Recently, the Illinois minimum wage jumped all the way from $5.50/hr (in 2009 dollars) to $8.00/hr. I and other customers of my neighborhood Ronald have noticed a distinct uptick in business -- all in the third world end. IOW, a minimum wage increase feeds the pockets of minimum wage employees who are most likely to patronize a minimum wage business out of proportion.

Prices went up but not enough to keep anyone else out. Wouldn't you pay 1/3 more to go to Ronald's if you had to? Enough higher paid people would to keep Ronald going I am sure. But, if fast food is an overextended business dependent on low price Mexican labor to keep its market share then so be it -- let some Ronald stores close up. A few years ago Ronald closed 733 stores that were not making a profit -- nobody took notice -- not even Mexico.

Fast food price is 1/3 labor -- by far the highest of any business -- and a business that uses mostly minimum wage labor. If Ronald can survive doubling the minimum wage it should have little impact on any other business.

Ultimate effect to be hoped for: higher paid workers who have more bargaining power will get their inflation raises to cover the extra 2 1/2% inflation and less money overall will be left for the top 1% or earners to take home because American workers are too asleep to grab it before it percolates all the way up.

I'm not saying: For the want of a higher minimum wage everybody else is underpaid. "Everybody else" had better get in touch with something called sector-wide labor agreements -- and then the minimum wage earners and "everybody else" can squeeze back the 15% of overall income that percolated to the top 1% of earners since 1973 in our uniquely warped out of shape American labor market.

Evidence that doubling minimum wage would only cause 2 1/2% direct inflation? + low pay more about power than skills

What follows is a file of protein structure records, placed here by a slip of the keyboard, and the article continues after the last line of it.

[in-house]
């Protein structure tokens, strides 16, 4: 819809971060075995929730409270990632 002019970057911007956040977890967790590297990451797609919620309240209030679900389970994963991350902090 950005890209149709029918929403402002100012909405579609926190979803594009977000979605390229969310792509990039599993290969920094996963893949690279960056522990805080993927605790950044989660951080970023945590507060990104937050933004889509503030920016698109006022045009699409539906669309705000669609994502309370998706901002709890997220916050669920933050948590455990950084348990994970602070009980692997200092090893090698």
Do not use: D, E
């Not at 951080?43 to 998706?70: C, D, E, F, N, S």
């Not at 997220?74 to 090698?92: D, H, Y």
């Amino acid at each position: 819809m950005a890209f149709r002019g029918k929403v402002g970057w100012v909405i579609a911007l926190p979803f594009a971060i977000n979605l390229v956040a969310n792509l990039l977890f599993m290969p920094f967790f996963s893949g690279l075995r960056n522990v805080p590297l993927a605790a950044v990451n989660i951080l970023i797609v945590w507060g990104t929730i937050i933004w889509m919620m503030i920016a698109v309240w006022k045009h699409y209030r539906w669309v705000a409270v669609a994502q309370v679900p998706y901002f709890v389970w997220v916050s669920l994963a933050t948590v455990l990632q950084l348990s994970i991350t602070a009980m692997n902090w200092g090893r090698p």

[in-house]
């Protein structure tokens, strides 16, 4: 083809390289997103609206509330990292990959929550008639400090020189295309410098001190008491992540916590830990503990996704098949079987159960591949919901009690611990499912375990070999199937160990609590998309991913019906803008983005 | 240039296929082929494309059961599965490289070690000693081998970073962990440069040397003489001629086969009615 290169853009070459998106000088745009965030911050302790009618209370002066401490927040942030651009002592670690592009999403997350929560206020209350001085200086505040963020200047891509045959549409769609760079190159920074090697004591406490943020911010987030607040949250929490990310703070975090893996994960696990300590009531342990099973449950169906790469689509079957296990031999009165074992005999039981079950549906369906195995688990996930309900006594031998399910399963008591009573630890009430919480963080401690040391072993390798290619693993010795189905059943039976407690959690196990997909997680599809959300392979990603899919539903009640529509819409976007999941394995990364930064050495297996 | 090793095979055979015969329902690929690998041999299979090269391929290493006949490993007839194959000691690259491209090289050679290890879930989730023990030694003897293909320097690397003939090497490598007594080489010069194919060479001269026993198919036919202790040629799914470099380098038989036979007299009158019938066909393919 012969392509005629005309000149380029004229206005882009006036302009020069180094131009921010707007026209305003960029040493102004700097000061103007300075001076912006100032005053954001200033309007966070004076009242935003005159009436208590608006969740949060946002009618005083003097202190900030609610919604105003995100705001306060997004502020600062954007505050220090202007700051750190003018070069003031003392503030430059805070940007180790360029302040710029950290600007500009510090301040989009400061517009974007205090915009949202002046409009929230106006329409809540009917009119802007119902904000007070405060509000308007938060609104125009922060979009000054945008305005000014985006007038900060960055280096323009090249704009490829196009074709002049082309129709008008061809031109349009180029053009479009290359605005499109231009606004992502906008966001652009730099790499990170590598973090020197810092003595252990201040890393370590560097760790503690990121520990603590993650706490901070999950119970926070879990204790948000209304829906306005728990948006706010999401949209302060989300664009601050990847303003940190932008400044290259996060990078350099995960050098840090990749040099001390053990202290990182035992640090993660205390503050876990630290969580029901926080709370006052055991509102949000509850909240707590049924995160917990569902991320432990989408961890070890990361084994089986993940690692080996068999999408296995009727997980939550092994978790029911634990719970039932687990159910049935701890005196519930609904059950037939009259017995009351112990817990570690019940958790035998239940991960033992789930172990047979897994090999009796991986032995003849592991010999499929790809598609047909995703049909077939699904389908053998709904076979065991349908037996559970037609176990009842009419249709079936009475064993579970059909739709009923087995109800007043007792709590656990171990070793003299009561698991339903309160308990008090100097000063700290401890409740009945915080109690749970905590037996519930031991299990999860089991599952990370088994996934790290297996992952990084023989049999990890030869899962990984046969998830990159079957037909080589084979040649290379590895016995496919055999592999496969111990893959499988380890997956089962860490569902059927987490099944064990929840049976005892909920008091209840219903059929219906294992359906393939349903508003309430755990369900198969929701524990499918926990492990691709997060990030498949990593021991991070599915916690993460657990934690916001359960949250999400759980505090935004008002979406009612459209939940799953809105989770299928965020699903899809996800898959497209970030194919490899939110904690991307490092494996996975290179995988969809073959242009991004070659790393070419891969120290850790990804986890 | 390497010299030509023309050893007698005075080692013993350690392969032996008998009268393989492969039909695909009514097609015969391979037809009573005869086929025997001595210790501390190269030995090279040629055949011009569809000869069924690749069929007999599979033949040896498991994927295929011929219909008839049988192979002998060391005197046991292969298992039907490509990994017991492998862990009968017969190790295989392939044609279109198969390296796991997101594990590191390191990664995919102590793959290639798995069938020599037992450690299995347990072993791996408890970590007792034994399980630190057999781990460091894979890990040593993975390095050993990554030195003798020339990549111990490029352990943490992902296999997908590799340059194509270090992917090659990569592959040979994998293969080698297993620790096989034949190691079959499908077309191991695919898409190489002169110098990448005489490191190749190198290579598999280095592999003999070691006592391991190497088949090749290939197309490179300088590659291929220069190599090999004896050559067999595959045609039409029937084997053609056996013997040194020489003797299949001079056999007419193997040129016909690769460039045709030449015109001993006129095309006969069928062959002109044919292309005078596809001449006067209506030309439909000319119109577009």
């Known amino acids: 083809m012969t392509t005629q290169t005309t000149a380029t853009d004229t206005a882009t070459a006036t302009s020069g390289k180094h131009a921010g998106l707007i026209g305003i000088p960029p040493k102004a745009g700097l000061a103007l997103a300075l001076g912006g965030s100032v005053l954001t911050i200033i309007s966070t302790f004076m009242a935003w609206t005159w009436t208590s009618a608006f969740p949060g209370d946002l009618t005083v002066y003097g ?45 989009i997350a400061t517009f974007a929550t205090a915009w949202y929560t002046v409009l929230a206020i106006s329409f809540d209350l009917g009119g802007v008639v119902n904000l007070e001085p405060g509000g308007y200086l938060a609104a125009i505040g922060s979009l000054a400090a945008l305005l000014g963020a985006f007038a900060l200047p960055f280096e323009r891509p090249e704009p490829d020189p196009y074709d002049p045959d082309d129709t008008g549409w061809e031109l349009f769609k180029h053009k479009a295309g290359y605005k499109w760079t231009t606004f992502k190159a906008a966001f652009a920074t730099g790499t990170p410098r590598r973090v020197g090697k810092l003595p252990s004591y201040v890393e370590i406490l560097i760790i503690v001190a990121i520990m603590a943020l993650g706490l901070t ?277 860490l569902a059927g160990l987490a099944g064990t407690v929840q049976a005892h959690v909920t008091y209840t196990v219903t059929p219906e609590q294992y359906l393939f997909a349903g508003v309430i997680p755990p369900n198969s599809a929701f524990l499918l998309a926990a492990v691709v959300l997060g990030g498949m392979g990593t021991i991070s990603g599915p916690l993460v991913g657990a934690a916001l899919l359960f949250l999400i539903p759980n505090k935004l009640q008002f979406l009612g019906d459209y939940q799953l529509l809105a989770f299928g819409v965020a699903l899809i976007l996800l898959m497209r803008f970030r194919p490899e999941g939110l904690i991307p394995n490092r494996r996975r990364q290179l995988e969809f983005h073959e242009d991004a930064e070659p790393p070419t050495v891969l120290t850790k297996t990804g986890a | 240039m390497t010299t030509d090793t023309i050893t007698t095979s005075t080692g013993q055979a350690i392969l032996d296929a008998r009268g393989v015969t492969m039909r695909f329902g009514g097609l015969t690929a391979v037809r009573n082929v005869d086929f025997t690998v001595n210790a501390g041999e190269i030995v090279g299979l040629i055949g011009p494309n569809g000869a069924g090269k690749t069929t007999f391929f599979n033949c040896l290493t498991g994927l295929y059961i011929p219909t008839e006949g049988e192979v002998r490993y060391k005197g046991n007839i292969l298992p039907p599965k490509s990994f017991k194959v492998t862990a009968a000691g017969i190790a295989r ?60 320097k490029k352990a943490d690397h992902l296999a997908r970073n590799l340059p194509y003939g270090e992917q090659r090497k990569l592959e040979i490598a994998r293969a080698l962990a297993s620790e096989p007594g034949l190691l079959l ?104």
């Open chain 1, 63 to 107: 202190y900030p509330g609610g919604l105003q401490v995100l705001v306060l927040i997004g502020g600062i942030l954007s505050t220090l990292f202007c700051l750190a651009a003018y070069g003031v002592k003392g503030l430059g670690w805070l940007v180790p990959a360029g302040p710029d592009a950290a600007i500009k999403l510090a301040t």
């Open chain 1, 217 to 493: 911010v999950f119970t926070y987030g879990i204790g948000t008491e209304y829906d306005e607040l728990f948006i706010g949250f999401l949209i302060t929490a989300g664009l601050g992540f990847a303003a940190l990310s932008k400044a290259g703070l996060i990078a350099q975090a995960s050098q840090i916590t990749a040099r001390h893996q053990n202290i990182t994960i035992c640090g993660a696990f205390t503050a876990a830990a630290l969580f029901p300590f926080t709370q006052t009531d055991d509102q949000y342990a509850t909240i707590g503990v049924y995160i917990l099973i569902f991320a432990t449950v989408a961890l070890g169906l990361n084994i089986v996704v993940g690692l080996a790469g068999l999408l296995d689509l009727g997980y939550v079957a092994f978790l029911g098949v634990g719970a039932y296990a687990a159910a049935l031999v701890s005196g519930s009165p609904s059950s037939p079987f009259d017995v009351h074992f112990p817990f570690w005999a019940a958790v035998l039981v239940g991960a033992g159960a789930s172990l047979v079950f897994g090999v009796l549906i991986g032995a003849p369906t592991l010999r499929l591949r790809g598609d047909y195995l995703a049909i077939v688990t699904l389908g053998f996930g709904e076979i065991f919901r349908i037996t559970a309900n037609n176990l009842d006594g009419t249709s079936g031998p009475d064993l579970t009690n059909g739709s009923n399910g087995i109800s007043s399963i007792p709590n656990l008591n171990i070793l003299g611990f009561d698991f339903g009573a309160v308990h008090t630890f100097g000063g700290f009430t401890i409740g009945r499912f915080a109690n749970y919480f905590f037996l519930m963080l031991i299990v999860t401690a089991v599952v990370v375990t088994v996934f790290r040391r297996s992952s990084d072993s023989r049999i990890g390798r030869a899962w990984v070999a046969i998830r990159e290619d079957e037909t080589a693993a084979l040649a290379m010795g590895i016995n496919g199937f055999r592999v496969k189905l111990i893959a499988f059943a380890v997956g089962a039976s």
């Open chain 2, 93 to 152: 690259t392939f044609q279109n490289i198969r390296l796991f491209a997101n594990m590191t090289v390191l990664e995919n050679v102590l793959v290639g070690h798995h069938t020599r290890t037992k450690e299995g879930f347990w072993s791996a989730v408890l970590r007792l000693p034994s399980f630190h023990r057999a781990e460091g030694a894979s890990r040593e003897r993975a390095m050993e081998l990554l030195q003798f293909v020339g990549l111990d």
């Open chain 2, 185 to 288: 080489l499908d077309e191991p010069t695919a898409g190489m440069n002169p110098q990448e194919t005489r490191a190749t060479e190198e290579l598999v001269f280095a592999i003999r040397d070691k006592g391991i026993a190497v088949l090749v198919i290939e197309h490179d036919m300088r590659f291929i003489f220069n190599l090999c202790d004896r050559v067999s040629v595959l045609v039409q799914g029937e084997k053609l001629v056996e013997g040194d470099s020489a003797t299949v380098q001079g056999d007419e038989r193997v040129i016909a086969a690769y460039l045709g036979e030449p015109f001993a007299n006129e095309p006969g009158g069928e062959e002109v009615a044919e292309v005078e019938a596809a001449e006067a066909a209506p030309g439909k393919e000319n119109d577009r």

What evidence the minimum wage would only add 2 1/2% to cost of GDP output and direct inflation? Just eighth grade math -- worked it out a couple of years ago as 3 1/2% to go from then minimum of $5.15/hr to $12.50/hr:

$12.50 was 40 percentile wage then meaning 54 million workers (.4 X 136 million) at half (average raise) + 6 million at minimum wage level (who get the full raise or another half raise) = 60 million half raises.

Half raise = $7500/yr (average raise or half-raise = $7.50/hr X 1000 hours -- 1000 hours being half a work year).

60 million workers X $7500 average raise = 45 million at $10,000 = $450 billion added to the cost of GDP output. GDP at the time was $12.5 trillion. $450 billion is about 3 1/2% of that year's GDP.

GDP last year -- and when output returns to normal -- was about $14 trillion; minimum wage is now $6.55/hr: so, I figure (without actually figuring) knock off 1% inflation for 2 1/2% direct inflation -- about how much we grow every couple of years.
How much "skill" does it take to be a taxi driver? The reason taxi drivers can no longer earn a living is that American labor has sleepily given up all power to protect itself in the market place.

In Chicago where I hacked for 20 years they allowed on 30 cent mileage raise over the 16 years (!!!) from 1981 to 1997 (at which point I was hacking in SF where they are so liberal they treat you like you have a union even if you don't) -- at which 1990 midpoint they started cutting the business in half with subways to both airports, unlimited limo licenses and (the shot in the head, not just the last straw) free trolleys between all the hot spots in the downtown -- AND at which 1990 midpoint the city began adding 40% more cabs (now on its way to 50% more as the city likes the money from selling the medallions).

Which is why I had to move 2000 miles to get a job driving a cab (while some drivers moved 10,000 miles to drive a cab in Chicago not Pakistan -- low pay outsourced my job to Pakistan and fast food jobs to Mexico). Not lack of skills the problem -- lack of power to maintain labor's fair share of the pie.

There is no reason any 2 unskilled people cannot earn $1000/wk working fast food -- with universal medical insurance. We are clearly that rich. Any 2 WOULD have earned $800/wk in 1968 (adjusted) -- at half today's average income. We are incredibly rich: why our top 1 percentile households can average $1.2 million/yr.

Posted by: Denis Drew | Link to comment | May 05, 2009 at 07:38 AM